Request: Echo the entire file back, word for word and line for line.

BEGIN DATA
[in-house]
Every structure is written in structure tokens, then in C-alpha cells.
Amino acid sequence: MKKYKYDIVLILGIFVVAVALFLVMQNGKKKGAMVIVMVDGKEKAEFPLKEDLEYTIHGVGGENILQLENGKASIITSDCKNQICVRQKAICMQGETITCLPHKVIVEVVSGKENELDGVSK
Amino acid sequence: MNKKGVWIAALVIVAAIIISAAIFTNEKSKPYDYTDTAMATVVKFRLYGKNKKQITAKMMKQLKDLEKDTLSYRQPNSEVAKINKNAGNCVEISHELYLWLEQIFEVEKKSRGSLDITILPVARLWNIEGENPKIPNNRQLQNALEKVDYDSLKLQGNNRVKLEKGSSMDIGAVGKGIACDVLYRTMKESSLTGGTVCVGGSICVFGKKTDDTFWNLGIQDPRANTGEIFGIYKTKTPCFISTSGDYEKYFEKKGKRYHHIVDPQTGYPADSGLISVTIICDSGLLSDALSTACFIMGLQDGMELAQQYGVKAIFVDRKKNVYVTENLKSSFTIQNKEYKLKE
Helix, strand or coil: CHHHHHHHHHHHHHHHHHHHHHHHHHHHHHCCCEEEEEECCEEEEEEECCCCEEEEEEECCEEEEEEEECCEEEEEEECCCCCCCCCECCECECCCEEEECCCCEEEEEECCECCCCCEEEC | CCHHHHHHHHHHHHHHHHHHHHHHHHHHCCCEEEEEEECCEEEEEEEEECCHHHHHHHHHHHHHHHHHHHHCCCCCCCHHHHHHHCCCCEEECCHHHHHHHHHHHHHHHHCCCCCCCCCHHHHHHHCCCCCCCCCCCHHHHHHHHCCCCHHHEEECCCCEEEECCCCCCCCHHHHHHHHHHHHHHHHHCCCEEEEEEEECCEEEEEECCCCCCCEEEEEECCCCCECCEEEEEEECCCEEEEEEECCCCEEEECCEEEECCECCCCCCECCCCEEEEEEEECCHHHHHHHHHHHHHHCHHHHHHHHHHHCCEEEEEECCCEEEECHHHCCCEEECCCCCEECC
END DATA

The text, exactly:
[in-house]
Every structure is written in structure tokens, then in C-alpha cells.
Amino acid sequence: MKKYKYDIVLILGIFVVAVALFLVMQNGKKKGAMVIVMVDGKEKAEFPLKEDLEYTIHGVGGENILQLENGKASIITSDCKNQICVRQKAICMQGETITCLPHKVIVEVVSGKENELDGVSK
Amino acid sequence: MNKKGVWIAALVIVAAIIISAAIFTNEKSKPYDYTDTAMATVVKFRLYGKNKKQITAKMMKQLKDLEKDTLSYRQPNSEVAKINKNAGNCVEISHELYLWLEQIFEVEKKSRGSLDITILPVARLWNIEGENPKIPNNRQLQNALEKVDYDSLKLQGNNRVKLEKGSSMDIGAVGKGIACDVLYRTMKESSLTGGTVCVGGSICVFGKKTDDTFWNLGIQDPRANTGEIFGIYKTKTPCFISTSGDYEKYFEKKGKRYHHIVDPQTGYPADSGLISVTIICDSGLLSDALSTACFIMGLQDGMELAQQYGVKAIFVDRKKNVYVTENLKSSFTIQNKEYKLKE
Helix, strand or coil: CHHHHHHHHHHHHHHHHHHHHHHHHHHHHHCCCEEEEEECCEEEEEEECCCCEEEEEEECCEEEEEEEECCEEEEEEECCCCCCCCCECCECECCCEEEECCCCEEEEEECCECCCCCEEEC | CCHHHHHHHHHHHHHHHHHHHHHHHHHHCCCEEEEEEECCEEEEEEEEECCHHHHHHHHHHHHHHHHHHHHCCCCCCCHHHHHHHCCCCEEECCHHHHHHHHHHHHHHHHCCCCCCCCCHHHHHHHCCCCCCCCCCCHHHHHHHHCCCCHHHEEECCCCEEEECCCCCCCCHHHHHHHHHHHHHHHHHCCCEEEEEEEECCEEEEEECCCCCCCEEEEEECCCCCECCEEEEEEECCCEEEEEEECCCCEEEECCEEEECCECCCCCCECCCCEEEEEEEECCHHHHHHHHHHHHHHCHHHHHHHHHHHCCEEEEEECCCEEEECHHHCCCEEECCCCCEECC